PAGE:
With more than a decade of specialised experience in the design, production, delivery and after-sales support of road tankers, Adam Stanfield shares his thoughts on industry compliance and personal growth. While Adam has an appreciation for the high standards set in the industry, there was a time when the details were a bit unclear to him.
Early in Adam Stanfield’s career, he had some issues to sort out in Darwin.
“At the time, being a bit naïve, I was working in a workshop in shorts and T-shirt and runners, when one of the senior management staff came down to the workshop, I was politely pulled aside and had safety gear explained to me.” He says. “Another time, I was driving towards Quilpie, and was advised that driving late at night wasn’t recommended but I felt I knew better. It wasn’t until the last leg between Augathella and Charterville that I ended up pulling over for the night as I spent two hours covering 85 km, due to the insane number of kangaroos determined to get in the way. That night, I developed a healthy respect for the night wildlife scene.”
Safety-focused attitudes are prevalent in Australia’s commercial road transport industry.
Generally, there are many optional safety features becoming mandatory, with an increasing number of end users setting their own higher-level safety requirements above regulations, according to Adam. In line with these ideals, there has been an increase in the uptake of Performance-Based Standards (PBS) vehicles “which has a shared goal between authorities and transport companies of high capacity delivery carefully calculated to achieve increasing payload and manoeuvrability, therefore reducing the number of vehicles on the road”.
Adam started his journey in the trailer manufacturing business as a design engineer with Tieman Industries in 2003. He then moved into sales with Marshall Lethlean (MLI), which he says was more suited to his aspirations.
“I preferred the balance between office work and field interactions,” he says. “I was with MLI for 4.5 years, then I was involved in hydraulics for 3.5 years before returning to MLI for just over two years. In late 2015 I made the crazy decision to start my own tanker company. For just over four years now, I have been running my own company, designing, importing and locally finishing tankers for the Australian market.”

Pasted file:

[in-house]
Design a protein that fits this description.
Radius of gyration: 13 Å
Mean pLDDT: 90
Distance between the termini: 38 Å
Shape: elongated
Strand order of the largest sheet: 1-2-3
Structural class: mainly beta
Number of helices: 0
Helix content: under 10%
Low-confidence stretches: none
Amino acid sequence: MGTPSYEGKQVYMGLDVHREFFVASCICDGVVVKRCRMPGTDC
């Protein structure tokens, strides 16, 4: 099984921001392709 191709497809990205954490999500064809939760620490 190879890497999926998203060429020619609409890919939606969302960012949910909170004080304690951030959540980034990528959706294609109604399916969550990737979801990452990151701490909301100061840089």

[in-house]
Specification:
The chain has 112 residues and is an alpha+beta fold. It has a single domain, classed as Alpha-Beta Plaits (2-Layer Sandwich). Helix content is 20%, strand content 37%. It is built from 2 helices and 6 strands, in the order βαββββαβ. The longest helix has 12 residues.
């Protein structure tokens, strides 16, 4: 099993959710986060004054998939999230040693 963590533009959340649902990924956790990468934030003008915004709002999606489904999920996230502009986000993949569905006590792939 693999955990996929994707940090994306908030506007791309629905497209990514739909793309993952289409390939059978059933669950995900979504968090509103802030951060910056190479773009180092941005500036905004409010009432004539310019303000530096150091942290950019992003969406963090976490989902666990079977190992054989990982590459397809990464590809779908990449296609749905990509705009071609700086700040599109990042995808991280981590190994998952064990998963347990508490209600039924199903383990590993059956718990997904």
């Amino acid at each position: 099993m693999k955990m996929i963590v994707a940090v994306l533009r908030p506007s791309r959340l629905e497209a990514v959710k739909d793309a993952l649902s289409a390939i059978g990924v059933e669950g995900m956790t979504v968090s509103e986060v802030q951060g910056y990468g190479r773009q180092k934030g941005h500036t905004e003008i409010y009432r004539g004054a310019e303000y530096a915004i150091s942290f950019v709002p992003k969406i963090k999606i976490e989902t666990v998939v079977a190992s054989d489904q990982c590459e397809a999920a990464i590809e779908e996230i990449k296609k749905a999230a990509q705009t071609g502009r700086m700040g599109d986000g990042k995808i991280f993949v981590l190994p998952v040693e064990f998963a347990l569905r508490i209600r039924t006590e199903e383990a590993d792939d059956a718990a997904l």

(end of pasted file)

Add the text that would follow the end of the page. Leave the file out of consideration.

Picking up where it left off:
With a modular approach to building tankers spec’d for accessibility and serviceability at MAX Industries, Adam has observed much throughout his career.
“Tanker maintenance has always been taken seriously for Dangerous Goods (DG) transport,” he says. “What has changed is the Chain of Responsibility (CoR), that is, all people that are involved in maintaining a tanker have to perform their job to the highest standard and have detailed documentation to cover themselves in the event of something going wrong.”
Adam notes that one of the biggest challenges in the road transport industry that needs to be addressed are PBS and tyres.
“In overseas markets, super singles are used up to 24 tonnes over a tri-group,” he says. “Tyre companies have also been pushing for Higher Mass Limits (HML) on super singles in Australia. The fuel savings, increased payload and reduced road wear would be a benefit to infrastructure and transport companies alike.”
Overall, Adam enjoys working in the road transport industry.
“Over the years I have met some fascinating people and have developed some strong friendships,” he says. “I love being involved with tanker equipment, as it is a specialised, high-end field of design. It is easy to maintain momentum and drive when working on equipment you have a passion for.”
Made possible by Smedley’s Engineers. Industry Icon is a series dedicated to honouring the unsung heroes of the commercial road transport industry.